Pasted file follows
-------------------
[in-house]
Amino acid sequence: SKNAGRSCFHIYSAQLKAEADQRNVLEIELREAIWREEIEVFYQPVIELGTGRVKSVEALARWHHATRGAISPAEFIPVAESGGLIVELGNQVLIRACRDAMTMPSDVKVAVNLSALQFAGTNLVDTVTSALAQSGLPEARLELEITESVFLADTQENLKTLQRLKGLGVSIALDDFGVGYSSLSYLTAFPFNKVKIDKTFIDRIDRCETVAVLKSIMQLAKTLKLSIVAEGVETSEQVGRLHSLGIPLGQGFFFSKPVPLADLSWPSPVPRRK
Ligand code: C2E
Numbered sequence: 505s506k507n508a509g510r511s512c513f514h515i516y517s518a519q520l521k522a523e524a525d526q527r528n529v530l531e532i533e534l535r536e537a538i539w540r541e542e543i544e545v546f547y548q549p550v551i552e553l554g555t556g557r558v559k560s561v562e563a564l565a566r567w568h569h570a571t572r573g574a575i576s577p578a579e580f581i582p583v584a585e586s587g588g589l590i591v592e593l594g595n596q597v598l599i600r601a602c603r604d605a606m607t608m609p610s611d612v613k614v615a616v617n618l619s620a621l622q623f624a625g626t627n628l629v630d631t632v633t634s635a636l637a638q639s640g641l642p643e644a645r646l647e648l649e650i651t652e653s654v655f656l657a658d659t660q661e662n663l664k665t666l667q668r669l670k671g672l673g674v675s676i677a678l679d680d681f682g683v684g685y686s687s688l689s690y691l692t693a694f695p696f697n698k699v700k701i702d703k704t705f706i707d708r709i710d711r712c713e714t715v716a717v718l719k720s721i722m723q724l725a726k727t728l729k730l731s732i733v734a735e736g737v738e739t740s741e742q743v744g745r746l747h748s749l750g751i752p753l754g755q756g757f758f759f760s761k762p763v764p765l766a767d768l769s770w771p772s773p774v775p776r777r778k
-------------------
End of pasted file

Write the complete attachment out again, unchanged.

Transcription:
[in-house]
Amino acid sequence: SKNAGRSCFHIYSAQLKAEADQRNVLEIELREAIWREEIEVFYQPVIELGTGRVKSVEALARWHHATRGAISPAEFIPVAESGGLIVELGNQVLIRACRDAMTMPSDVKVAVNLSALQFAGTNLVDTVTSALAQSGLPEARLELEITESVFLADTQENLKTLQRLKGLGVSIALDDFGVGYSSLSYLTAFPFNKVKIDKTFIDRIDRCETVAVLKSIMQLAKTLKLSIVAEGVETSEQVGRLHSLGIPLGQGFFFSKPVPLADLSWPSPVPRRK
Ligand code: C2E
Numbered sequence: 505s506k507n508a509g510r511s512c513f514h515i516y517s518a519q520l521k522a523e524a525d526q527r528n529v530l531e532i533e534l535r536e537a538i539w540r541e542e543i544e545v546f547y548q549p550v551i552e553l554g555t556g557r558v559k560s561v562e563a564l565a566r567w568h569h570a571t572r573g574a575i576s577p578a579e580f581i582p583v584a585e586s587g588g589l590i591v592e593l594g595n596q597v598l599i600r601a602c603r604d605a606m607t608m609p610s611d612v613k614v615a616v617n618l619s620a621l622q623f624a625g626t627n628l629v630d631t632v633t634s635a636l637a638q639s640g641l642p643e644a645r646l647e648l649e650i651t652e653s654v655f656l657a658d659t660q661e662n663l664k665t666l667q668r669l670k671g672l673g674v675s676i677a678l679d680d681f682g683v684g685y686s687s688l689s690y691l692t693a694f695p696f697n698k699v700k701i702d703k704t705f706i707d708r709i710d711r712c713e714t715v716a717v718l719k720s721i722m723q724l725a726k727t728l729k730l731s732i733v734a735e736g737v738e739t740s741e742q743v744g745r746l747h748s749l750g751i752p753l754g755q756g757f758f759f760s761k762p763v764p765l766a767d768l769s770w771p772s773p774v775p776r777r778k